DOJ attacks towing company for auctioning off cars of active duty members


A Dallas-based towing company towed and then auctioned off vehicles owned by members of the military while on active duty, the Department of Justice alleges in a federal civil lawsuit filed Monday.

United Tows actions violated the Servicemembers Civil Relief Act, a federal law that protects military finances while in service, federal attorneys have said.

The towing company does not have a lawyer registered in court records. The company did not immediately respond to a voicemail message asking for comment, and several phone numbers listed for its owner were out of service.

The lawsuit highlights the case of an airman who began basic training in August 2017 at Joint Base San Antonio-Lackland.

He arranged to leave his 1998 Toyota Corolla in the parking lot of a martial arts studio in the Lake Highlands where he had taught. Because he had terminated his apartment lease, he stowed personal items in the car, including a laptop and a gym bag, according to the lawsuit.

In September of that year, United Tows towed the Toyota to its parking lot east of Oak Cliff. A friend noticed she was missing several days later and called the towing company, who said the car would be auctioned off after 45 days in the field.

The friend was unable to contact the aviator for several weeks as the military restricted communications during basic training, but was able to tell him in late October that the car had been towed.

The aviator then called United Tows to explain that he was an active duty member and would not be able to retrieve his car for some time. A woman who said she owned the towing business said she didn’t believe he was in the military, the lawsuit said, and reiterated the Toyota would be sold if he didn’t. not claiming it.

After the airman completed his basic training, he immediately had to report for technical training at another Air Force base and did not return to Dallas. He allowed a friend to retrieve his things from the car, but the laptop was missing and the gym bag was cut with a blade, the lawsuit said.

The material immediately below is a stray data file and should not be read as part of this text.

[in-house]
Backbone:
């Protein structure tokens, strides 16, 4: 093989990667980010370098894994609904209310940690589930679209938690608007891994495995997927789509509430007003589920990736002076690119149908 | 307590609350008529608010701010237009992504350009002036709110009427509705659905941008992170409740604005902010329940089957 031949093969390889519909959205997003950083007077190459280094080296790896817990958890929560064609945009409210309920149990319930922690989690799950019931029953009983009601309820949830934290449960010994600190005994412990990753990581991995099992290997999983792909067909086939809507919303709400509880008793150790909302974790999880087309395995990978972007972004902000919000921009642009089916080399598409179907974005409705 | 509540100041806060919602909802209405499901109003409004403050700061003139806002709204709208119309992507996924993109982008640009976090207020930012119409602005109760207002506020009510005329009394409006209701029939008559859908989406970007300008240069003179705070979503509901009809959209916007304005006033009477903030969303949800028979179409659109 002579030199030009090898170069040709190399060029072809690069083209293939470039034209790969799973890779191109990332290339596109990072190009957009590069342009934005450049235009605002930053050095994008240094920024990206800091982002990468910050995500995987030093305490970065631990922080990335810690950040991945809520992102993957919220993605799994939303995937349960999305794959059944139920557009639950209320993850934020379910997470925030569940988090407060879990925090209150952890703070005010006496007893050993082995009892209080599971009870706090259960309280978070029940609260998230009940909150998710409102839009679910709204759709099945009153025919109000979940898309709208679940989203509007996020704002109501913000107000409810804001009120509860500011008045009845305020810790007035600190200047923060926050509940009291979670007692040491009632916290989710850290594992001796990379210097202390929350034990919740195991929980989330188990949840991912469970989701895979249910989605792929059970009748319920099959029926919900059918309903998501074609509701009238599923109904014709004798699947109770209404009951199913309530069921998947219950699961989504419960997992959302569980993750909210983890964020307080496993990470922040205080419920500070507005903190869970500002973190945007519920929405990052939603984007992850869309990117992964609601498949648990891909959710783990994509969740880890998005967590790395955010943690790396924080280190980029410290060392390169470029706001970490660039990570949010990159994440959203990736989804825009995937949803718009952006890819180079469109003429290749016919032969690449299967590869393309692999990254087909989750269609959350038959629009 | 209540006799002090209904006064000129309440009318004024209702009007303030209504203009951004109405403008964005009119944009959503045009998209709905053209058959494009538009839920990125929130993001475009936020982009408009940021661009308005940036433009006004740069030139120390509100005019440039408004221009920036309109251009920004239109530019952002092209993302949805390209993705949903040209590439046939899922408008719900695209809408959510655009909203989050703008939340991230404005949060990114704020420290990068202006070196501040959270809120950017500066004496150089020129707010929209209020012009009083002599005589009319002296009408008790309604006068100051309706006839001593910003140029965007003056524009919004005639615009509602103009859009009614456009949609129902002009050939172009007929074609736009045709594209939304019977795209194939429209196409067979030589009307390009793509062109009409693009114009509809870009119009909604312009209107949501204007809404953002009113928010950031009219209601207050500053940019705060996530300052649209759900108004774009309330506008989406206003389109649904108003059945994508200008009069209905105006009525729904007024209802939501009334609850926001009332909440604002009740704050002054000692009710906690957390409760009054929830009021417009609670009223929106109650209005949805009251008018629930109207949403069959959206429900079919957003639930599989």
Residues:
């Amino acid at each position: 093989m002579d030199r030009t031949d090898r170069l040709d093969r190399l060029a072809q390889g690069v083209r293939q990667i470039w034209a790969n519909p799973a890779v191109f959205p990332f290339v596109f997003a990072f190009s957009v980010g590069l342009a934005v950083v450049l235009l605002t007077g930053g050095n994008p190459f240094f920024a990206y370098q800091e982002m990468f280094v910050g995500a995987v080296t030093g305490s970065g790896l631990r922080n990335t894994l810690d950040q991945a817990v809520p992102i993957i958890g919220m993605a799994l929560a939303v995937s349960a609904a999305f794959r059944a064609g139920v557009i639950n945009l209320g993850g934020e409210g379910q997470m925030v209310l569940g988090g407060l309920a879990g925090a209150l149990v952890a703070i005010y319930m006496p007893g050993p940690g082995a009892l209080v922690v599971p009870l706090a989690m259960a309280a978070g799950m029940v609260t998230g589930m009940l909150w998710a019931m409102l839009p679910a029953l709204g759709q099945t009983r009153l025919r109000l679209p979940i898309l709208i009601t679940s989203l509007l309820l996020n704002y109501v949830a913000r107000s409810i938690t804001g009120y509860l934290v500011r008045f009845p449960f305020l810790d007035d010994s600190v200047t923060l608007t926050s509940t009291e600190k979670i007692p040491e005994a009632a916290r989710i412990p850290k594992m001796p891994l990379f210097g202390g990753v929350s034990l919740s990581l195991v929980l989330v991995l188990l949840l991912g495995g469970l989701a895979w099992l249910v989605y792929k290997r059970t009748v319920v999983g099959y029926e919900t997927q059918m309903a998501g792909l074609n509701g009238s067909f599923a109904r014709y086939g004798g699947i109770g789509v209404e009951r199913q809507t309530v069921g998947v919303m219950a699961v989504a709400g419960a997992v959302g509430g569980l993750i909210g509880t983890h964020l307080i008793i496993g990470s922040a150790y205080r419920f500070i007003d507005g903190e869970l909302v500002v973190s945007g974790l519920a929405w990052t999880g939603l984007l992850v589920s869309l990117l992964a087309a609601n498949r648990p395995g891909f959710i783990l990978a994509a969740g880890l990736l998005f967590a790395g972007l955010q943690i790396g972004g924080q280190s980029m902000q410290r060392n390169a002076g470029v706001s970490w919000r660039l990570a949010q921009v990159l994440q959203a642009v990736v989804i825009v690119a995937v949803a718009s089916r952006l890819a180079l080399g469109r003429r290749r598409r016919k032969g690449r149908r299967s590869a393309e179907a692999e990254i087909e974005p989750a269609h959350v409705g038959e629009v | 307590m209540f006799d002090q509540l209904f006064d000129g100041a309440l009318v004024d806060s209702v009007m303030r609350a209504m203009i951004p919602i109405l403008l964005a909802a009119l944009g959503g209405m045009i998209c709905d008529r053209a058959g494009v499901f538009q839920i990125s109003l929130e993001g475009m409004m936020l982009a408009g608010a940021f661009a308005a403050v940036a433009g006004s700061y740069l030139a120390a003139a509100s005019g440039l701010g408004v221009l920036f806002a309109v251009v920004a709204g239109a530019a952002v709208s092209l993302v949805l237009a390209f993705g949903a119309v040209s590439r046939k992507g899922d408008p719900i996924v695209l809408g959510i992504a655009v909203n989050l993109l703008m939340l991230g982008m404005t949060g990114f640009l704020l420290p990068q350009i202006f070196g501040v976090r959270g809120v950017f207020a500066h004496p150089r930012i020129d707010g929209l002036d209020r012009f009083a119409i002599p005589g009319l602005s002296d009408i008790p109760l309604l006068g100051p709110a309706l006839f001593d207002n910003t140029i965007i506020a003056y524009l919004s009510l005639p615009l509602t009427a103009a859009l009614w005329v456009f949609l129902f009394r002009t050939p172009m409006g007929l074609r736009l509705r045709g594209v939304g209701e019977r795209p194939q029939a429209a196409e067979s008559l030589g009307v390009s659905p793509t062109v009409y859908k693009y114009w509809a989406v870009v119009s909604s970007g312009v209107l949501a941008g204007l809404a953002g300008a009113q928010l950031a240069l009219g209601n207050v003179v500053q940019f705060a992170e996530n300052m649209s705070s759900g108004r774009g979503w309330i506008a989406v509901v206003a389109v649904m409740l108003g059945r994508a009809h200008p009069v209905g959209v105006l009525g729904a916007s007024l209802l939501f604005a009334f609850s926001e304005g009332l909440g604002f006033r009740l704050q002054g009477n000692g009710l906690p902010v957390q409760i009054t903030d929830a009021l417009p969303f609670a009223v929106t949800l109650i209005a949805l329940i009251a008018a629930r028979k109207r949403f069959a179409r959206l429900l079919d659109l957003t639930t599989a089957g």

United Tows auctioned off the car on November 17, 2017, authorities said, forcing the aviator to walk, use rideshare services, or rely on friends to get around until he could buy a other vehicle.

The Justice Department said in the lawsuit it had found at least four other cases where United Tows had auctioned the car of an active duty member:

  • On July 31, 2015, she sold a 2001 Lincoln LS owned by an aviator.
  • On September 16, 2016, she sold a 2000 Lincoln Town Car owned by an aviator
  • On July 7, 2017, she sold a 2004 Toyota Rav4 owned by a serviceman.
  • On October 12, 2018, she sold a 2002 Pontiac Grand Am owned by a Coast Guard sailor.

In neither of those cases did United Tows have a court order, according to the lawsuit. The Servicemembers Civil Relief Act requires such a command for someone to seize or exercise a lien on the property of an active duty member.

The lawsuit also alleges that United Tows has no written policy on complying with the SRCA or determining whether the vehicles it is auctioning are owned by service members.

The government is asking the court to award “appropriate pecuniary damages” to each of the servicemen whose cars were auctioned. The lawsuit also calls for United Tows to be fined and required to take action to comply with the SRCA in the future.

“When members of our military answer the call to serve our country, they should be able to do so without having to worry about their vehicles or property being auctioned off while they are on duty,” the attorney general said. Deputy Eric Dreiband of the Department of Justice. The Civil Rights Division said in a written statement.


© 2020 The Dallas Morning News. Distributed by Tribune Content Agency, LLC.

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